04

Sep

Caving with Caitlin Print E-mail
Written by Caitlin, Snowy Student Term 3 2009   

Caving with CaitlinHey everyone.
Back on the 31st August,  core 2 (2A and 2B) had caving at the Buchan Caves.

We split into 2 groups and first up my group went to the Adventure Caves. It was awesome fun, we got to go exploring all through the caves. We had to wear funny yellow suits while going through Adventure Caves.

The highlight of my day was going through the mailbox and wombats hole. They were both a bit of a tight squeeze and nearly everyone made it through. At one point we had to be especially careful where we walked because one wrong move and we would’ve fallen into a bottomless pit. (All of the parents reading this, don’t worry, it was totally safe.)

For the second half of the day we went to Royal Caves. A lady from National Parks talked to us and showed us some different types of rock formation and how if you have a good imagination, they can look like just about anything. Some looked like an alligators jaw and Pride Rock off the Lion King, while others looked like an upside down New York City and a Buddha.

Caving was a lot of fun, very different from some of the activities we do back at home. This has been my second favorite activity, second to surfing of course. I’m looking forward to Raft Building which is coming up next Monday and CLP Day, this  Saturday.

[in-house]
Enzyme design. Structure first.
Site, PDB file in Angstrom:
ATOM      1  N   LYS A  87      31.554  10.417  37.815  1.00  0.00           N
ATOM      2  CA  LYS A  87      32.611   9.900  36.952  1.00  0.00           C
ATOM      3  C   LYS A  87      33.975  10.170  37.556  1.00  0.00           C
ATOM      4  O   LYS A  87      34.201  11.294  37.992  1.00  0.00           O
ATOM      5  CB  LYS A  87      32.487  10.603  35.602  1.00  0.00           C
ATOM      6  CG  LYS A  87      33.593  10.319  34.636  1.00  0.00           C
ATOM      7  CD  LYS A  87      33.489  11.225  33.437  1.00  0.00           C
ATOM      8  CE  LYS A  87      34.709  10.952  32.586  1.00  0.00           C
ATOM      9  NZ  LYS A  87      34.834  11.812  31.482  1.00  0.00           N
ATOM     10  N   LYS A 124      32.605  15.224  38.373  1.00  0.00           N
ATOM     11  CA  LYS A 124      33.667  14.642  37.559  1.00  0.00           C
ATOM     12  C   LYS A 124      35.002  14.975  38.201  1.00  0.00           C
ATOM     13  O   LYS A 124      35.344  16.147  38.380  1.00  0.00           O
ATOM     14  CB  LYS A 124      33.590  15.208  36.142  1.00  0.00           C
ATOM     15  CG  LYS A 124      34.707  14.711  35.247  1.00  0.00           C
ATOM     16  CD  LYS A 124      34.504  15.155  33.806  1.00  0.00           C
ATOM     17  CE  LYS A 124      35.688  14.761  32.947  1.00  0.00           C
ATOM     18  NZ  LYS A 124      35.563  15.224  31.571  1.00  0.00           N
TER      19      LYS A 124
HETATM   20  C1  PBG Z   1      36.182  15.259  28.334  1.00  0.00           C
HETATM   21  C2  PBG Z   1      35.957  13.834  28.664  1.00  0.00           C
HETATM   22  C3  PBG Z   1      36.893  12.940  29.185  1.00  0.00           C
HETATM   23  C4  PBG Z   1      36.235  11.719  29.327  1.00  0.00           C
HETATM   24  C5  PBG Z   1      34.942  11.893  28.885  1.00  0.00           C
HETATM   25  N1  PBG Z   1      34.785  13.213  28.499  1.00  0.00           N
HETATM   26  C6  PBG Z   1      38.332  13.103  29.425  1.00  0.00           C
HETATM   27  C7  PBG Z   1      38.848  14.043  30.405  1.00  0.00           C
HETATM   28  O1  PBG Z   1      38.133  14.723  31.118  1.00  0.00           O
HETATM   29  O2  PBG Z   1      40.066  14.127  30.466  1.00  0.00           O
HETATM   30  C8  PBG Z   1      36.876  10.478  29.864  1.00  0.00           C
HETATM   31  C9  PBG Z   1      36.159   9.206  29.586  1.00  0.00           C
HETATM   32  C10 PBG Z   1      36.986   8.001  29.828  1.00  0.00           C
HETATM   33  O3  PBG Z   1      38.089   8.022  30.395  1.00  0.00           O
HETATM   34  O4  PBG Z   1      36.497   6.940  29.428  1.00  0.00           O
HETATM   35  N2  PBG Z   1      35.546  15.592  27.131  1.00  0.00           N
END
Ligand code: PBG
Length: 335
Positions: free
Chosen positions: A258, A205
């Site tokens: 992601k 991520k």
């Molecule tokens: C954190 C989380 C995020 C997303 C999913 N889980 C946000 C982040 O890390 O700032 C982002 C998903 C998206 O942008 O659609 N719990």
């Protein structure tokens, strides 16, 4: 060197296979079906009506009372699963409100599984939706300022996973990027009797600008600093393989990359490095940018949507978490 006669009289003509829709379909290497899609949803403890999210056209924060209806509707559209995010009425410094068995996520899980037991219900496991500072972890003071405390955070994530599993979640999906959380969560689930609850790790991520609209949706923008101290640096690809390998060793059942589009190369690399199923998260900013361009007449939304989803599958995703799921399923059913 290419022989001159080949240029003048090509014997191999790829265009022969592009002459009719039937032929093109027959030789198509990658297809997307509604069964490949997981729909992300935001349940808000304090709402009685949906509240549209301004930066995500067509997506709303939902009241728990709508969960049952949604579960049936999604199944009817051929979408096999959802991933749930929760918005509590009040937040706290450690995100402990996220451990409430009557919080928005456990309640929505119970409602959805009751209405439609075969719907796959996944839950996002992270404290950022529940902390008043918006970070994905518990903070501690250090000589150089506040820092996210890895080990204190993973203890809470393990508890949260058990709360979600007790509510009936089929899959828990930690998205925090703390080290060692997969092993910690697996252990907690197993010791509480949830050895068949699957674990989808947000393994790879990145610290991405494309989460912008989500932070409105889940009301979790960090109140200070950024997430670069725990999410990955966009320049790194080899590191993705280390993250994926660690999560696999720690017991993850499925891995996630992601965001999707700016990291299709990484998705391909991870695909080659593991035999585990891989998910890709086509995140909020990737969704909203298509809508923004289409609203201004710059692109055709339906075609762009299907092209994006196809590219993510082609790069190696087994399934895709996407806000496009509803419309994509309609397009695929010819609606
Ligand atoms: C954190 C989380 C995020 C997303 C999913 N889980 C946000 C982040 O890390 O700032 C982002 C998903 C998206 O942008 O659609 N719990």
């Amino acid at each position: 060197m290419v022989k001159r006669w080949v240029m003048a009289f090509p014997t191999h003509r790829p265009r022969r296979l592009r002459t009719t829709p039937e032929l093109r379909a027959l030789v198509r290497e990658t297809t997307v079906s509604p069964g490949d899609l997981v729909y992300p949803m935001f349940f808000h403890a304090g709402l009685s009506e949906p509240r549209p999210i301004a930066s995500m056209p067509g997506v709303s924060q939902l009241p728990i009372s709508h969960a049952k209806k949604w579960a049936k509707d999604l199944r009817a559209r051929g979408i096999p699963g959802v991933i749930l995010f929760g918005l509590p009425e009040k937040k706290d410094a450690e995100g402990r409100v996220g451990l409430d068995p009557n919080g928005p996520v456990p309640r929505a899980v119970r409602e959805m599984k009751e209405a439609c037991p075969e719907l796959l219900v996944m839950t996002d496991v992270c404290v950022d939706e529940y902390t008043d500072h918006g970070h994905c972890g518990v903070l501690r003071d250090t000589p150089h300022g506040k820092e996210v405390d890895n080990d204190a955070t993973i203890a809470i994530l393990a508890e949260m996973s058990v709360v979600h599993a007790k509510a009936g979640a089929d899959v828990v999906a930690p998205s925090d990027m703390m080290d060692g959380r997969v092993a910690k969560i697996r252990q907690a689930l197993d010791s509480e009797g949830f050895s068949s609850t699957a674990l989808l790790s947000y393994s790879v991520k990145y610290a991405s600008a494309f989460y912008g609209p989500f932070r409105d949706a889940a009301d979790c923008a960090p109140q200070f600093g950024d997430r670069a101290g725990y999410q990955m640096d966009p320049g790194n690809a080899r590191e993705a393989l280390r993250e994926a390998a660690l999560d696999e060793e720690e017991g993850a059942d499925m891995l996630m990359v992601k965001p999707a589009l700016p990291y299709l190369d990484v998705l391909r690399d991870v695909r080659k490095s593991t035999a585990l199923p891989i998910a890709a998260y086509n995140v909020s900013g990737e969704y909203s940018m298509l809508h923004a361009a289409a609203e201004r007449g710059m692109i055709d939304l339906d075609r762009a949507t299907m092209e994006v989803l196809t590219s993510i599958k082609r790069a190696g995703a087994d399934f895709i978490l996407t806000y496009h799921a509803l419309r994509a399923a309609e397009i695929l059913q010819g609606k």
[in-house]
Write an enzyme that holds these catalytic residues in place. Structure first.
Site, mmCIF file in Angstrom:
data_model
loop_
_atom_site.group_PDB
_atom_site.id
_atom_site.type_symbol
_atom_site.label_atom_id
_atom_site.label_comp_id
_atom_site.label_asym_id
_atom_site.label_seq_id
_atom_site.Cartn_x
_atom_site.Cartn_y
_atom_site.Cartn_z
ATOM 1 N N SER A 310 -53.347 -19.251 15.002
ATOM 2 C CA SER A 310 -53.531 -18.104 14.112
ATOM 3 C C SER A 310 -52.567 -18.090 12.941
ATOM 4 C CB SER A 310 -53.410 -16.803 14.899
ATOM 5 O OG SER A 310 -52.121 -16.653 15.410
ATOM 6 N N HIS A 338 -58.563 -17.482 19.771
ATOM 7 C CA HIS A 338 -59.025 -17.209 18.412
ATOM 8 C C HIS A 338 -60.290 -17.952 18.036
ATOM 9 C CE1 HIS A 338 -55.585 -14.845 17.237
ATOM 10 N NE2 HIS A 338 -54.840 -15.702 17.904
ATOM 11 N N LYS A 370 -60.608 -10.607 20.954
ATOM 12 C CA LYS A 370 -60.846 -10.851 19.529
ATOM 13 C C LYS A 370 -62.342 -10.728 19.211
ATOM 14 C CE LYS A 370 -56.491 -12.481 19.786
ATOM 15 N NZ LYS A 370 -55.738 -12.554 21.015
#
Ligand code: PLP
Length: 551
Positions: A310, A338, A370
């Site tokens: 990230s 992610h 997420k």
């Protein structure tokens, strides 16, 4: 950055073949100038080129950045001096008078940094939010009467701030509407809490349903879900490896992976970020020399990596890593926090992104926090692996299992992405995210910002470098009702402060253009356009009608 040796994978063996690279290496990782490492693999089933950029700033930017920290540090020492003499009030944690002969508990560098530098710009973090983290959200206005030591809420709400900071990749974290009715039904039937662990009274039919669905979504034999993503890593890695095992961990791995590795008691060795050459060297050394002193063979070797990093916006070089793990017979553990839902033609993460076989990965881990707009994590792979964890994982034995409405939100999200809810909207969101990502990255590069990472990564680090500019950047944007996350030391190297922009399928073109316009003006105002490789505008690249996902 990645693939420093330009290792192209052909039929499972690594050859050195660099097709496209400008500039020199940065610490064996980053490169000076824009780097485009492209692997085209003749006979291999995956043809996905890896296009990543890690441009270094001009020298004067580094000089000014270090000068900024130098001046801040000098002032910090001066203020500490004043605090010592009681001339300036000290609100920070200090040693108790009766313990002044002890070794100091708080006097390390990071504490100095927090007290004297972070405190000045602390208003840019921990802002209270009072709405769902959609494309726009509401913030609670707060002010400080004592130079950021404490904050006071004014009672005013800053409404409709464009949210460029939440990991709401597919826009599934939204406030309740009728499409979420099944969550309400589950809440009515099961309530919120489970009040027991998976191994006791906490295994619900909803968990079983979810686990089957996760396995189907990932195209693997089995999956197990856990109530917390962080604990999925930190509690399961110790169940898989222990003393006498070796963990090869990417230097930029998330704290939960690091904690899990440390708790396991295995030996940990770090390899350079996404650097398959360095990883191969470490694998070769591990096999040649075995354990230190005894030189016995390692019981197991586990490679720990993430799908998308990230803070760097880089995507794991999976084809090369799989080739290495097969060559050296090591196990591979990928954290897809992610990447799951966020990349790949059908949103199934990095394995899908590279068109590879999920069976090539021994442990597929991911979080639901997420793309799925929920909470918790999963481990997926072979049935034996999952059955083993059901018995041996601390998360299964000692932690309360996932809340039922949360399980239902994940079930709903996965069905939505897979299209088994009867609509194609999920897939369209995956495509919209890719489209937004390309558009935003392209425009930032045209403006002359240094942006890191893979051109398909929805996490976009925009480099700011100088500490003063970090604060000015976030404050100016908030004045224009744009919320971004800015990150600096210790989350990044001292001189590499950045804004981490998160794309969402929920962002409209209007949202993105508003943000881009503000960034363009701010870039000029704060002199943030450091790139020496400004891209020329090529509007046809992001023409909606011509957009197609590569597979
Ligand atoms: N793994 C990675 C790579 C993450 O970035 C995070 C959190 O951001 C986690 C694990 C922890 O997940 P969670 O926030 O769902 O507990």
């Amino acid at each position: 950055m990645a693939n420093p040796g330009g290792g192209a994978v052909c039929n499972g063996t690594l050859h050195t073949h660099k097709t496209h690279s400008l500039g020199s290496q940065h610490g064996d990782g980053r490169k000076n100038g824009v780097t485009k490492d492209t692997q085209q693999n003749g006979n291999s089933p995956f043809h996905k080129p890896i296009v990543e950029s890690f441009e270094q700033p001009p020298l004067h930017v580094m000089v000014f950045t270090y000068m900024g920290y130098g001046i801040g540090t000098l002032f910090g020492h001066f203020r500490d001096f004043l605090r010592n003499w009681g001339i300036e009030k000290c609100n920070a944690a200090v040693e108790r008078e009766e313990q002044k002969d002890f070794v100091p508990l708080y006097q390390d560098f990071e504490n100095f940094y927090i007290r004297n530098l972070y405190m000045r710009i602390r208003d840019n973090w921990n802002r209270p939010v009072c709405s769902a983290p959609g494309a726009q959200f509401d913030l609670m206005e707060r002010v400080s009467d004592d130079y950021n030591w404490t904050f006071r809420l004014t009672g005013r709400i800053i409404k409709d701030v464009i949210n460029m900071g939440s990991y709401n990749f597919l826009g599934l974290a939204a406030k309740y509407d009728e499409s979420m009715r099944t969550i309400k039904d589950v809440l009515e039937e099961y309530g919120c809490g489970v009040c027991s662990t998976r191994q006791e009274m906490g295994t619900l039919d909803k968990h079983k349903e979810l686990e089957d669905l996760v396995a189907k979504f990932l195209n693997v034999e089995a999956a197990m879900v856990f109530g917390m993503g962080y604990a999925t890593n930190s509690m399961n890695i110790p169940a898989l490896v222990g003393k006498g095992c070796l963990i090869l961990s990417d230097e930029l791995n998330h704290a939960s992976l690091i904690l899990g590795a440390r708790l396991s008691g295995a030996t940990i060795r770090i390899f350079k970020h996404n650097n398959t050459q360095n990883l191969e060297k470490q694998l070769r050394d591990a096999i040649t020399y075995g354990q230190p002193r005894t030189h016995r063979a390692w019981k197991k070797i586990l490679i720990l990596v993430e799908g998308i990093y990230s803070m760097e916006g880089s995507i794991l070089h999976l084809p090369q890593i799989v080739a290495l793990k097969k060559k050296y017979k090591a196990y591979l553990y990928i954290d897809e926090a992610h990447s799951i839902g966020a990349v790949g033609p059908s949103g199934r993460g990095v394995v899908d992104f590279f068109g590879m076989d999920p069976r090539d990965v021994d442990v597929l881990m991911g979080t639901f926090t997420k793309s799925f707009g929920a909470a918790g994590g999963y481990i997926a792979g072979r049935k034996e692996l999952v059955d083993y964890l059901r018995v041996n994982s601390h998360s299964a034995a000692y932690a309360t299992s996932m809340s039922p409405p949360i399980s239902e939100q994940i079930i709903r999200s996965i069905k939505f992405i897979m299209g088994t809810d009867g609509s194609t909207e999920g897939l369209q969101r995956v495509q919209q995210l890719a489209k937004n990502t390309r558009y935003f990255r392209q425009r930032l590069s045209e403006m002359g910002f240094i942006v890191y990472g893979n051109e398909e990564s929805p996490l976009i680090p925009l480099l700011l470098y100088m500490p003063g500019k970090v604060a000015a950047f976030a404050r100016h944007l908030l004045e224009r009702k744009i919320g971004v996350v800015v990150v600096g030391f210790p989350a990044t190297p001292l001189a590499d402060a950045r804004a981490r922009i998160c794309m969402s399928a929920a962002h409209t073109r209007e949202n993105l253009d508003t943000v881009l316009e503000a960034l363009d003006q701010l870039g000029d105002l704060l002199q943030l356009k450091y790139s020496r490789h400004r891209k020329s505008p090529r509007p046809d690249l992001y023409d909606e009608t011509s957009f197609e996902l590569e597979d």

Catch ya later. :)

Caitlin, Red Cliffs SC

 

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School for Student Leadership is a Victorian Department of Education and Training (DET) initiative offering a unique residential education experience for year nine students. The curriculum focuses on personal development and team learning projects sourced from students' home regions. There are three campuses in iconic locations across Victoria. The Alpine School Campus is located at Dinner Plain in the Victorian Alps. Snowy River Campus is near the mouth of the Snowy River at Marlo in east Gippsland. The third site is adjacent to Mount Noorat near Camperdown in Victoria’s Western District, and is called Gnurad-Gundidj. After consultation with the local aboriginal community, this name represents both the indigenous name of the local area and an interpretation of the statement "belonging to this place".
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